There is a close connection between soil and water. In the natural order of things, water evaporates from plants and wetlands (evapotranspiration), rivers and oceans, forming clouds in the atmosphere from which rain falls. The rain is absorbed through the soil surface (infiltration), and is taken up by movement through the soil (transmission): when the rates are high for both processes, the soil acts as an effective “sponge” and can absorb large amounts of water When the soil becomes compressed, e.g. by heavy farm machinery or over-intensive grazing, a process called “compaction”, the water cannot enter it so easily and tends to move elsewhere, as “runoff”. Water runoff contributes to soil erosion: when the soil is unable to retain water, it runs off the surface taking large amounts of soil with it. This soil ends up downstream in rivers (silting-up) where it creates bottlenecks and causes the water to back up. Since it is in the surface layers of the soil that nutrients, e.g. phosphate, are concentrated, essential fertility is lost from the soil in the process. Soil may also be eroded to below the optimum rooting depth of plants, which stunts their growth. Production of maize has expanded in the U.K. since the 1970s, mostly grown to feed cattle. The stubble is left over autumn and winter, and is not ploughed into the ground, meaning that fine soil is exposed to be washed downstream, when the impacts of wind and rain are at their strongest. Regions in the South West of England, including the catchment that drains into the Somerset Levels, have some of the greatest concentrations of maize crops in the country, and it has been estimated that some 50% of the sediment in the Tone and Culm rivers are from soil eroded from fields of maize grown to feed concentrated and highly producing dairy herds.

Uplands, if well-managed, can absorb large quantities of water, and planting trees and shrubs has a hugely positive effect in reducing the volume of water that ends up downstream. Rather than intensive grazing, which can urge soil compaction, a loss of vegetation and increased soil erosion, less intensive and all year round grazing can help to improve the soil structure and its overall quality. The presence of soil organic matter (SOM) is a critical feature of good soil structure and its ability to retain nutrients and water. This improved soil structure also enhances the ability of soil to absorb and hold water, so that a high SOM content can make a dramatic effect in the capacity of soil to hold and transmit water, while the loss of SOM has a large and detrimental effect on the holding capacity of soil for water and its ease of becoming compacted. In simple terms, a good soil is like a springy sponge, and in its ability to hold water, not only is runoff retarded but the lower lying aquifers are able to recharge, so preserving supplies of freshwater, as well as mitigating surface flooding. As a point of note, however, in some locales that were inundated during the 2013/2014 winter, in the U.K., even after the surface flood-waters had been pumped away, flooding still remained a problem due to “groundwater pressure”, where the raised water table pushes up through the ground, and up through the floors of houses that have only floorboards as their ground-level barriers, rather than solid concrete.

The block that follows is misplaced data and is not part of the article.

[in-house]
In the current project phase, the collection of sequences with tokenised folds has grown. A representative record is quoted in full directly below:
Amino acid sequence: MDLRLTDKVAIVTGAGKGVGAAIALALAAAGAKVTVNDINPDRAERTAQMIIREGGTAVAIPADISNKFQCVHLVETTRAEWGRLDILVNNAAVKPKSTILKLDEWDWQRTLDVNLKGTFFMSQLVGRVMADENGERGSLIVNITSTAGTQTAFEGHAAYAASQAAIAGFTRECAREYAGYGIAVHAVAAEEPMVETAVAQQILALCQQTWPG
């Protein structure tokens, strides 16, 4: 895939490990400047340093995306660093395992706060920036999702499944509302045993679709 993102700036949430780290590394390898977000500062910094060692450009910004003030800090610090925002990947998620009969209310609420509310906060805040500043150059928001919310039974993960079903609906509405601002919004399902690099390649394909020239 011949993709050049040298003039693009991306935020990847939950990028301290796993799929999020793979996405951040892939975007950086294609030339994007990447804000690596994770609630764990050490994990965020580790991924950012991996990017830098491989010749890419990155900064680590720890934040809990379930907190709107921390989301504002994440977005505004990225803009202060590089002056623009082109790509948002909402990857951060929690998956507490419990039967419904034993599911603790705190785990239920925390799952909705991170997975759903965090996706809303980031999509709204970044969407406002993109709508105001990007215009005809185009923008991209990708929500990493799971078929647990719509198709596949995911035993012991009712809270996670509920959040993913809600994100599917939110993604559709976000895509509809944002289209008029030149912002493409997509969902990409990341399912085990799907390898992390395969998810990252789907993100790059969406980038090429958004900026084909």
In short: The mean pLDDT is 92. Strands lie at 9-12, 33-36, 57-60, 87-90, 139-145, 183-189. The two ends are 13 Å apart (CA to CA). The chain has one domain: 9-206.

In a 1937 letter to U.S. State Governors, urging soil conservation laws, President Franklin D. Roosevelt wrote, “The nation that destroys its soil destroys itself.” This was around the time of the dust bowls that arose in the northern United States and Canada, where former prairie lands had been turned over to farming. The impact of ploughing, loss of prairie grasses, and drought literally caused the soil to blow away. The resulting effects on the populations were dramatised by John Steinbeck in his “Grapes of Wrath”, where some 2.5 million people were displaced as they made their way toward California, looking for work and for land on which they could grow food. Good soil has been described as “the real World Bank”, meaning that it is the one thing, of all things, that we must invest in. Without soil we have nothing.

The main critical factor in mitigating soil erosion is to keep it covered throughout the year. In Utah and Montana, it has been demonstrated that ground cover has a profound protective influence, and for uncovered ground some 17 tonnes of soil/hectare/year can be lost This amounts to an annual loss of soil depth of about 1 mm, and at this rate, about one inch of soil would be lost in 25 years. However, this decreases markedly with increasing ground cover, so that it is nearer 1 tonne/ha/year for 100% coverage. At around 0.1 mm/ha/yr (about the thickness of a human hair), this implies that it would take 250 years to lose that same inch of soil. Under natural conditions, soil is created at a similar rate to that at which it is eroded, and it takes 200-1,000 years to form an inch of soil, depending on climate. Thus, by covering the ground, the rate of erosion is brought back to the natural balance point, rather than it being lost at 10-40 times the natural rate, as it is on agricultural lands presently.